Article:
With bitsandbytes 8-bit optimizers can be used by changing a single line of code in your codebase. For NLP models we recommend also to use the StableEmbedding layers (see below) which improves results and helps with stable 8-bit optimization. To get started with 8-bit optimizers, it is sufficient to replace your old optimizer with the 8-bit optimizer in the following way:

import bitsandbytes as bnb

# adam = torch.optim.Adam(model.parameters(), lr=0.001, betas=(0.9, 0.995)) # comment out old optimizer
adam = bnb.optim.Adam8bit(model.parameters(), lr=0.001, betas=(0.9, 0.995)) # add bnb optimizer
adam = bnb.optim.Adam(model.parameters(), lr=0.001, betas=(0.9, 0.995), optim_bits=8) # equivalent

torch.nn.Embedding(...) ->  bnb.nn.StableEmbedding(...) # recommended for NLP models

Note that by default all parameter tensors with less than 4096 elements are kept at 32-bit even if you initialize those parameters with 8-bit optimizers. This is done since such small tensors do not save much memory and often contain highly variable parameters (biases) or parameters that require high precision (batch norm, layer norm). You can change this behavior like so:

# parameter tensors with less than 16384 values are optimized in 32-bit
# it is recommended to use multiplies of 4096
adam = bnb.optim.Adam8bit(model.parameters(), min_8bit_size=16384)

Change Bits and other Hyperparameters for Individual Parameters

If you want to optimize some unstable parameters with 32-bit Adam and others with 8-bit Adam, you can use the GlobalOptimManager. With this, we can also configure specific hyperparameters for particular layers, such as embedding layers. To do that, we need two things: (1) register the parameter while they are still on the CPU, (2) override the config with the new desired hyperparameters (anytime, anywhere). See our guide for more details

Fairseq Users

To use the Stable Embedding Layer, override the respective build_embedding(...) function of your model. Make sure to also use the --no-scale-embedding flag to disable scaling of the word embedding layer (nor replaced with layer norm). You can use the optimizers by replacing the optimizer in the respective file ( etc.).

Release and Feature History

For upcoming features and changes and full history see Patch Notes.


  1. RuntimeError: CUDA error: no kernel image is available for execution on the device. Solution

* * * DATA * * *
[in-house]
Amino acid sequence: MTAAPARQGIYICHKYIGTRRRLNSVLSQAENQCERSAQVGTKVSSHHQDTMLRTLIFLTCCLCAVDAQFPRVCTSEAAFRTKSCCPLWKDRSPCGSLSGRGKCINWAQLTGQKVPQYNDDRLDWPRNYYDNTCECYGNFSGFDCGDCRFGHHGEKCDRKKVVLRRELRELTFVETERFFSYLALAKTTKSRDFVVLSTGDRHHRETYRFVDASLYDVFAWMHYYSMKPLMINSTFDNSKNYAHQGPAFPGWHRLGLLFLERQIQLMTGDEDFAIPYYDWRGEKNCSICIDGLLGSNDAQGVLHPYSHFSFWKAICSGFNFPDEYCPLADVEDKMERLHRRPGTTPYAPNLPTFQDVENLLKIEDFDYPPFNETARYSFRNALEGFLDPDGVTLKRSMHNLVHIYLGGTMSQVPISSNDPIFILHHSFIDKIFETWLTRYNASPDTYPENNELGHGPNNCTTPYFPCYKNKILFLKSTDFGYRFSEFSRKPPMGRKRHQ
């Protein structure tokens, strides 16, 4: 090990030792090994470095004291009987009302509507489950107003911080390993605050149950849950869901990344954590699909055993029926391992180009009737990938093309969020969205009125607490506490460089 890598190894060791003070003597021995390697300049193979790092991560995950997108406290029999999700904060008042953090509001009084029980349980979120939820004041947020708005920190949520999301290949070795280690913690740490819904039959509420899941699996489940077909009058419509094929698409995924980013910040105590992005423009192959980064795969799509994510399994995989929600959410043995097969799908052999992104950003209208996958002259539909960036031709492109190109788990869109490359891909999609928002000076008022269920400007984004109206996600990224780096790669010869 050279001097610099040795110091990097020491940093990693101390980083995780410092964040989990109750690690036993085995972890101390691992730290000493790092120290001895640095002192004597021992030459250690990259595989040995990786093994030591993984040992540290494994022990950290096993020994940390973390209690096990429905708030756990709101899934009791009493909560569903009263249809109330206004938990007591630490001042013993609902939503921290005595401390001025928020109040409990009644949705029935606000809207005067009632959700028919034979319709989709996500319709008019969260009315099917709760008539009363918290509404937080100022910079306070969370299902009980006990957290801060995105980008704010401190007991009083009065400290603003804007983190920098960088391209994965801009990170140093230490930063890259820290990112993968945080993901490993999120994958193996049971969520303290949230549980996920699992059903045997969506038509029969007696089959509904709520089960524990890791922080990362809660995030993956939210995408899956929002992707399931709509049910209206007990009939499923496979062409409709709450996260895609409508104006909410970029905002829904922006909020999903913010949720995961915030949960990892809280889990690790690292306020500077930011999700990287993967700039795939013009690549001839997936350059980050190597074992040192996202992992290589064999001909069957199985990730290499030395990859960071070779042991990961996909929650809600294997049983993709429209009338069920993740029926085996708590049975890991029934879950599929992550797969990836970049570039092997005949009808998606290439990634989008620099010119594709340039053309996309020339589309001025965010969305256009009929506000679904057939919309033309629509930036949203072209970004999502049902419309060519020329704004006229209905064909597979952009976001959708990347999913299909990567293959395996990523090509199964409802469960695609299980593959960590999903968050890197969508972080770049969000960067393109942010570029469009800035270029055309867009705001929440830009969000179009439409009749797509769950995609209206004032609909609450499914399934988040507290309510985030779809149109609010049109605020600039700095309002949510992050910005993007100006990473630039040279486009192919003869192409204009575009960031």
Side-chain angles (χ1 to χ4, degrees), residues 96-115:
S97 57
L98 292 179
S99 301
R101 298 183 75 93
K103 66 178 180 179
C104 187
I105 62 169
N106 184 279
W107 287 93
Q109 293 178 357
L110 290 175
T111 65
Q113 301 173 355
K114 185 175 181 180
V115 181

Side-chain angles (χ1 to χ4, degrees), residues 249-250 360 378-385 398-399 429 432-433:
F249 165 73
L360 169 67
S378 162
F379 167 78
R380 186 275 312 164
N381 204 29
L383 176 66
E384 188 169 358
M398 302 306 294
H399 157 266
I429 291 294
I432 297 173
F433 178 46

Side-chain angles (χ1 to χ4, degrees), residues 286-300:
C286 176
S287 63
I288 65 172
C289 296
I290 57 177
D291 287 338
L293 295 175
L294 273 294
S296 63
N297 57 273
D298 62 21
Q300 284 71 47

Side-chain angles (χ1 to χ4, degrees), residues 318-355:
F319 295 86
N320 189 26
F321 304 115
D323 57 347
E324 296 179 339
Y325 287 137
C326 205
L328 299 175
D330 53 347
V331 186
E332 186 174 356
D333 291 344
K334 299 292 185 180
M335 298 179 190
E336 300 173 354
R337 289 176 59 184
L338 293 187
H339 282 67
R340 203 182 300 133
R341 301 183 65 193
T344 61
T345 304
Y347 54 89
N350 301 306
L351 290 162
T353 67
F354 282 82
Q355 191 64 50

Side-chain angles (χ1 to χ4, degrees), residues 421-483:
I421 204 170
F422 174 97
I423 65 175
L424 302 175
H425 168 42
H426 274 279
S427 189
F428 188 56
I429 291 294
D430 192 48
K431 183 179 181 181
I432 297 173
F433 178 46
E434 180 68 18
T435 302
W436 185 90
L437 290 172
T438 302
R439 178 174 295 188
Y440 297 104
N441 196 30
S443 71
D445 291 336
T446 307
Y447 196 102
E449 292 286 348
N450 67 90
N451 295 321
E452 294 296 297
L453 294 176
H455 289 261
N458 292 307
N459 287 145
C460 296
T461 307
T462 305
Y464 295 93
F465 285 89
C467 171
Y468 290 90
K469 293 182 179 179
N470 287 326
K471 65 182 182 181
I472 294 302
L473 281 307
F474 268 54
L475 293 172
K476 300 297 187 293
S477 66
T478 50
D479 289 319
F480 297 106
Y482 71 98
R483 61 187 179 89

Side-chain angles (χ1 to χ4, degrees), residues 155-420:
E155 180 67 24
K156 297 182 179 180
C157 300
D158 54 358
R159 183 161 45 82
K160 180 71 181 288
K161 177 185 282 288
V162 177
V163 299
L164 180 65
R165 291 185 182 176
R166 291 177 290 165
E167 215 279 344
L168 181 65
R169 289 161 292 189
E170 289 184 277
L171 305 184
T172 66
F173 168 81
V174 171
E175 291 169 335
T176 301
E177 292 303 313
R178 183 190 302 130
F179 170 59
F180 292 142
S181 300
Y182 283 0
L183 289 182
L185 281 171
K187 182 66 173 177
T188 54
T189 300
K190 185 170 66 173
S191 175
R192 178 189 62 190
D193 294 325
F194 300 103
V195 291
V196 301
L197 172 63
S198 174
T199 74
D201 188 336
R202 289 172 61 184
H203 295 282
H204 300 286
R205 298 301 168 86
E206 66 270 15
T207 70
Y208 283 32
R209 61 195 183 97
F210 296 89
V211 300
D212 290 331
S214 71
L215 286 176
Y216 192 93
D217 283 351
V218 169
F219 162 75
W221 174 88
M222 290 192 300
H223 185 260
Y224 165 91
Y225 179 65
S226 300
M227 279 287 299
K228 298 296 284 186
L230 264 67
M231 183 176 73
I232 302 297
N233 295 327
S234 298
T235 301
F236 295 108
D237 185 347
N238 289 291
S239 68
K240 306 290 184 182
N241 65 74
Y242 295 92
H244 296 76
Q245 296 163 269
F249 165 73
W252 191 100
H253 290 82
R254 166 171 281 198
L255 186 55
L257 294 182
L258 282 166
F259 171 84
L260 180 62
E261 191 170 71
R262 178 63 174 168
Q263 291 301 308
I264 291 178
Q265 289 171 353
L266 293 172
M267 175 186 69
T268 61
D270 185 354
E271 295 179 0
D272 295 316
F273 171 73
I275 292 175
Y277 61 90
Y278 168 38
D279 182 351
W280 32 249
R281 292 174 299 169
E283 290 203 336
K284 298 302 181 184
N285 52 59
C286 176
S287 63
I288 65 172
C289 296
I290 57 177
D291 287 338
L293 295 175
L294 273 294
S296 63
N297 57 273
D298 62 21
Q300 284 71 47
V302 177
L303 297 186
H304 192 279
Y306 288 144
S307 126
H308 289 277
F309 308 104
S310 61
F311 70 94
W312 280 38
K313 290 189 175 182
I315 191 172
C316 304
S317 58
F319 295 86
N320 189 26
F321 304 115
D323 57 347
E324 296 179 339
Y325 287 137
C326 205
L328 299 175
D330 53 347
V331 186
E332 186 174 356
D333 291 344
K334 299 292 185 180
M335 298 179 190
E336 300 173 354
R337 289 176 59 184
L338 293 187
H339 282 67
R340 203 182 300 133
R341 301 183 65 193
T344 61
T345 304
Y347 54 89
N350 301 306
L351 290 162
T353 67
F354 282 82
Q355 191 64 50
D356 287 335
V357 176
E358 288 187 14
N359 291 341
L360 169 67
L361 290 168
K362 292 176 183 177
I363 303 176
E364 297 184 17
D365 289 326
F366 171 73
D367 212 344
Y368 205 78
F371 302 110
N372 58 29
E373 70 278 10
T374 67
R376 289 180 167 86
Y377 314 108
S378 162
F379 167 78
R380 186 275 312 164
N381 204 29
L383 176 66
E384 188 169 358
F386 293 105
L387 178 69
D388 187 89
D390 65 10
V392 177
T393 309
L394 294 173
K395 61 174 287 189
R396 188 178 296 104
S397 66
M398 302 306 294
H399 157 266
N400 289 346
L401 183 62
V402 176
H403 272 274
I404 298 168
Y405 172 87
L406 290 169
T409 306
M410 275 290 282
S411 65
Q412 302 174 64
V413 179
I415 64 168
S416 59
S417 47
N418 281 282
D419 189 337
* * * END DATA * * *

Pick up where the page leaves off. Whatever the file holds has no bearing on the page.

2. _fatbinwrap.. Solution

Compile from source

To compile from source, you need an installation of CUDA. If nvcc is not installed, you can install the CUDA Toolkit with nvcc through the following commands.

#   CUDA_VERSION in {110, 111, 112, 113, 114, 115, 116, 117, 118, 120, 121, 122}
#   EXPORT_TO_BASH in {0, 1} with 0=False and 1=True 

# For example, the following installs CUDA 11.7 to ~/local/cuda-11.7 and exports the path to your .bashrc
bash 117 ~/local 1 

To use a specific CUDA version just for a single compile run, you can set the variable CUDA_HOME, for example the following command compiles using compiler flags for cuda11x with the cuda version at ~/local/cuda-11.7:

CUDA_HOME=~/local/cuda-11.7 CUDA_VERSION=117 make cuda11x

For more detailed instruction, please follow the instructions.


The majority of bitsandbytes is licensed under MIT, however portions of the project are available under separate license terms: Pytorch is licensed under the BSD license.

We thank Fabio Cannizzo for his work on FastBinarySearch which we use for CPU quantization.

How to cite us

If you found this library and found LLM.int8() useful, please consider citing our work:

  title={LLM.int8(): 8-bit Matrix Multiplication for Transformers at Scale},
  author={Dettmers, Tim and Lewis, Mike and Belkada, Younes and Zettlemoyer, Luke},
  journal={arXiv preprint arXiv:2208.07339},

For 8-bit optimizers or quantization routines, please consider citing the following work:

  title={8-bit Optimizers via Block-wise Quantization},
  author={Dettmers, Tim and Lewis, Mike and Shleifer, Sam and Zettlemoyer, Luke},
  journal={9th International Conference on Learning Representations, ICLR},